March 22, 2016
Some Imported Dietary Supplements and Nonprescription Drug Products May Harm You
If you buy imported products marketed as “dietary supplements” and nonprescription drug products from ethnic or international stores, flea markets, swap meets or online, watch out. Health fraud scams abound. According to Cariny Nunez, M.P.H., a public health advisor in the Office of Minority Health at the Food and Drug Administration (FDA), health scammers often target advertising to people who prefer to shop at nontraditional places, especially those who have limited English proficiency and limited access to health care services and information. “These scammers know that ethnic groups who may not speak or read English well, or who hold certain cultural beliefs, can be easy targets,” Nunez says. For example, Native Americans, Latinos, Asians and Africans may have a long tradition of turning to more herbal or so-called “natural” remedies. Many advertisers put the word “natural” somewhere on the package of a product, knowing it inspires trust in certain groups back to top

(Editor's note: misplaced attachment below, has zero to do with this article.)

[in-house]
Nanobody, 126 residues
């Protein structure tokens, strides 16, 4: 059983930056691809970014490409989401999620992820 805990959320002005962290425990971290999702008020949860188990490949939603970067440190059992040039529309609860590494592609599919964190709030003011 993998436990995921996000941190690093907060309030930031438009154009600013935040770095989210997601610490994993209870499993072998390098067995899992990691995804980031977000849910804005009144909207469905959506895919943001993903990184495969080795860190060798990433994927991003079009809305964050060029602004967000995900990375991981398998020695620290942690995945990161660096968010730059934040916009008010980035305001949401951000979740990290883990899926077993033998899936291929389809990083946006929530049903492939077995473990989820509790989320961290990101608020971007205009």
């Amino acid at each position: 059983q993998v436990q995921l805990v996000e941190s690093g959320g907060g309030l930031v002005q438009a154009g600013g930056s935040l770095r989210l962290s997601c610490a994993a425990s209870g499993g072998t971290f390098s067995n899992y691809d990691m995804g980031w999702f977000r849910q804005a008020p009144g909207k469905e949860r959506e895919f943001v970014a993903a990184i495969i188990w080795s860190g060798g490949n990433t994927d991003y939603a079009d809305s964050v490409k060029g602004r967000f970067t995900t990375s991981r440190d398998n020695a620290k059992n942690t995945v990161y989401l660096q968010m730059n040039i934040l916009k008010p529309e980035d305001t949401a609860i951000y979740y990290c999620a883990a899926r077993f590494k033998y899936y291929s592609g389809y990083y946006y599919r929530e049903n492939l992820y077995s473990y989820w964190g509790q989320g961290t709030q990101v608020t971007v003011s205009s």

Watch out for claims like these, which are often used to sell non-prescription health products. You can’t always trust what you read on the label or package—even if it is in a language you know. Download this graphic at a larger size and in multiple languages from Flickr. For more information about these products, visit:
- One product does it all. Be suspicious of products that claim to cure a wide range of diseases.
- Personal testimonials. Success stories such as “It cured my diabetes,” or “My tumors are gone,” are easy to make up and are not a substitution for scientific evidence.
- Quick fixes. Few diseases or conditions can be treated quickly, even with legitimate products. Beware of language such as “lose 30 pounds in 30 days,” or “eliminates skin cancer in days.”
- “All natural.” Some plants found in nature can kill if you eat them. Plus, FDA has found products promoted as “all natural” that contain hidden and dangerously high doses of prescription drug ingredients.
- Miracle cure. Alarms should go off when you see this claim or others like it such as “new discovery” or “scientific breakthrough.” A real cure for a serious disease would be all over the media and prescribed by doctors—not buried in print ads, TV infomercials, or on Internet sites.
- FDA-Approved. Domestic or imported dietary supplements are not approved by FDA.